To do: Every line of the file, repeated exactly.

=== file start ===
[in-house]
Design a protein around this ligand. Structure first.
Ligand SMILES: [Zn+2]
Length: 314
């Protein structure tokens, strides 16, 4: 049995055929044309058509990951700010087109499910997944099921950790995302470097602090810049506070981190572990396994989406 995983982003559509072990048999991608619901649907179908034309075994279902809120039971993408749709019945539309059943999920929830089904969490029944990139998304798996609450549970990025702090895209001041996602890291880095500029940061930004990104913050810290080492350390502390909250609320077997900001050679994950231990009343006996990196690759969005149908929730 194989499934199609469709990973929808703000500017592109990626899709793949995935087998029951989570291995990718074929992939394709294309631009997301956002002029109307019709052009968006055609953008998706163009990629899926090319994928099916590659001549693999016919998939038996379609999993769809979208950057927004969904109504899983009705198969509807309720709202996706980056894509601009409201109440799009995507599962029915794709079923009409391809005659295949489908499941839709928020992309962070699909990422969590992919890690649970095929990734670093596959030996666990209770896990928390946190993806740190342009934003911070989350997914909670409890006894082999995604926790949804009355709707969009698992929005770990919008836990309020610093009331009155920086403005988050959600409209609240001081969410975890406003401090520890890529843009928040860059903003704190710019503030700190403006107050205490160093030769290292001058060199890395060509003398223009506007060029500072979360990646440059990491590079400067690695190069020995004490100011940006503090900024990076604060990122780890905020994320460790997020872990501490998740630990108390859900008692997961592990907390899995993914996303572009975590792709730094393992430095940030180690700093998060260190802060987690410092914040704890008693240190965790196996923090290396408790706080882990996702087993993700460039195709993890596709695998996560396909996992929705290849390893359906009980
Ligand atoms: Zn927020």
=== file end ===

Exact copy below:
[in-house]
Design a protein around this ligand. Structure first.
Ligand SMILES: [Zn+2]
Length: 314
């Protein structure tokens, strides 16, 4: 049995055929044309058509990951700010087109499910997944099921950790995302470097602090810049506070981190572990396994989406 995983982003559509072990048999991608619901649907179908034309075994279902809120039971993408749709019945539309059943999920929830089904969490029944990139998304798996609450549970990025702090895209001041996602890291880095500029940061930004990104913050810290080492350390502390909250609320077997900001050679994950231990009343006996990196690759969005149908929730 194989499934199609469709990973929808703000500017592109990626899709793949995935087998029951989570291995990718074929992939394709294309631009997301956002002029109307019709052009968006055609953008998706163009990629899926090319994928099916590659001549693999016919998939038996379609999993769809979208950057927004969904109504899983009705198969509807309720709202996706980056894509601009409201109440799009995507599962029915794709079923009409391809005659295949489908499941839709928020992309962070699909990422969590992919890690649970095929990734670093596959030996666990209770896990928390946190993806740190342009934003911070989350997914909670409890006894082999995604926790949804009355709707969009698992929005770990919008836990309020610093009331009155920086403005988050959600409209609240001081969410975890406003401090520890890529843009928040860059903003704190710019503030700190403006107050205490160093030769290292001058060199890395060509003398223009506007060029500072979360990646440059990491590079400067690695190069020995004490100011940006503090900024990076604060990122780890905020994320460790997020872990501490998740630990108390859900008692997961592990907390899995993914996303572009975590792709730094393992430095940030180690700093998060260190802060987690410092914040704890008693240190965790196996923090290396408790706080882990996702087993993700460039195709993890596709695998996560396909996992929705290849390893359906009980
Ligand atoms: Zn927020």